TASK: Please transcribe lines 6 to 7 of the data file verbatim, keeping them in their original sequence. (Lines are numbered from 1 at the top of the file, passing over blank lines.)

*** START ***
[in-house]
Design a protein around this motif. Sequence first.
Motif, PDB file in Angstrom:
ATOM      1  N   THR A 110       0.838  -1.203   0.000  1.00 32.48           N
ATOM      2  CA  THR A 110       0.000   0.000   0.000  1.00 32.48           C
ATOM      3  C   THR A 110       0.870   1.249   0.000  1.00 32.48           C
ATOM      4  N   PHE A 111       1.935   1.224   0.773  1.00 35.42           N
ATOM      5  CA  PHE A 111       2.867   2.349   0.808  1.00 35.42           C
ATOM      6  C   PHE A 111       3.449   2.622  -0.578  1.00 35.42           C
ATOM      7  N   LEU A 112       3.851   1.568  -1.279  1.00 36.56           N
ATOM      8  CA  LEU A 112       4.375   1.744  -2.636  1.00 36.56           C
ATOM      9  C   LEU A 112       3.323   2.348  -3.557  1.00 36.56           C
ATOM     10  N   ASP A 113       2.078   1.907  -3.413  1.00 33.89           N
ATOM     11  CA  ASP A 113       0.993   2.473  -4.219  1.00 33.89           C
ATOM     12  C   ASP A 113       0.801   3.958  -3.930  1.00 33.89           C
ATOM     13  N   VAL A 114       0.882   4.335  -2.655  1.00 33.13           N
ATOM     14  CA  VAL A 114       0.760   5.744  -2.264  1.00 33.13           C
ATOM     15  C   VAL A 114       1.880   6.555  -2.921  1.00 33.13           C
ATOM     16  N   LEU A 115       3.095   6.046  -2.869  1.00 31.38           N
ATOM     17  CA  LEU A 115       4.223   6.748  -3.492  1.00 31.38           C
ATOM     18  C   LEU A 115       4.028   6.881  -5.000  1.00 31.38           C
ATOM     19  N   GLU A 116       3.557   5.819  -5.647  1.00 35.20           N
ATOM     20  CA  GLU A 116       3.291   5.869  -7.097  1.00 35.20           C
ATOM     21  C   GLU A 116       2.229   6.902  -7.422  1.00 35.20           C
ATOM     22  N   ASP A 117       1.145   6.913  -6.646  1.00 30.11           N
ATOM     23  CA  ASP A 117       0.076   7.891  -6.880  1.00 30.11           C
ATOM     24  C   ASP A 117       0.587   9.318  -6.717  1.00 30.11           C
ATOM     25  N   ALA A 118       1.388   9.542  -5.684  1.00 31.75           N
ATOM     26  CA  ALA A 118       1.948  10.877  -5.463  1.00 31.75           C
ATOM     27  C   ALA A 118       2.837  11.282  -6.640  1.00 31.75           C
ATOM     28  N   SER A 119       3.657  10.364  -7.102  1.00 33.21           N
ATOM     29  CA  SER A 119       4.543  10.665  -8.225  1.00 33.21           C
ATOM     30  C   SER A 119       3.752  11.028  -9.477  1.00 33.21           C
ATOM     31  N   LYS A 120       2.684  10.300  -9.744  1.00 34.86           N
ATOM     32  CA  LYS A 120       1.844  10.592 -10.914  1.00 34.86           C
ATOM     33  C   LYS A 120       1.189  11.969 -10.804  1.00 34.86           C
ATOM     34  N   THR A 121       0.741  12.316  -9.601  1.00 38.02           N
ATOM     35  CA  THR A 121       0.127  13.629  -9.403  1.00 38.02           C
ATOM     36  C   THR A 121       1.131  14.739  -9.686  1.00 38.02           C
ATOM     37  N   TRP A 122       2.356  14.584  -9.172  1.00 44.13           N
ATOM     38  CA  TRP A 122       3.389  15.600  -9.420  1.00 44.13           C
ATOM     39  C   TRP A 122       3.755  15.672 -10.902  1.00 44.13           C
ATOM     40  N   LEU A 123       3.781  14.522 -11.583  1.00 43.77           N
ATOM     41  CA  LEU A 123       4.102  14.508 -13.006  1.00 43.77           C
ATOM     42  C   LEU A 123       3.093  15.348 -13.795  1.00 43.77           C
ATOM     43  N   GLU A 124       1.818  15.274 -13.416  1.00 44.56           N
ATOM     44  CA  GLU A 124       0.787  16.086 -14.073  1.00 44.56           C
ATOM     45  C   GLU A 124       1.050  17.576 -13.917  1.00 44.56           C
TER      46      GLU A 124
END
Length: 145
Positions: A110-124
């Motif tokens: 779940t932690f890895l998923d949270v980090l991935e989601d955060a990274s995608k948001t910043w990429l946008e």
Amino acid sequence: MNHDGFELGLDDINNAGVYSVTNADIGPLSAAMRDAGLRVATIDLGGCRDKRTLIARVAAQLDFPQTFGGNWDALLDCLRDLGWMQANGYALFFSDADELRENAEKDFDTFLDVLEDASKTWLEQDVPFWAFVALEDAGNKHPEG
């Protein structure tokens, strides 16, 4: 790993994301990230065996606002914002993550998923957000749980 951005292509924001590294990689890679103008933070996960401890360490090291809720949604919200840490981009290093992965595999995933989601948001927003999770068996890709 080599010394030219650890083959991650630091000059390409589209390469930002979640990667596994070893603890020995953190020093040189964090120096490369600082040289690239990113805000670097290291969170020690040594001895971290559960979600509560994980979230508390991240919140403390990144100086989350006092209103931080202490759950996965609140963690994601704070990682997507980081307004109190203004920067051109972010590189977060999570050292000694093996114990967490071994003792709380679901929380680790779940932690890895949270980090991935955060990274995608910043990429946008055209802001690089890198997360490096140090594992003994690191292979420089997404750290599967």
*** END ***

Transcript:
ATOM      3  C   THR A 110       0.870   1.249   0.000  1.00 32.48           C
ATOM      4  N   PHE A 111       1.935   1.224   0.773  1.00 35.42           N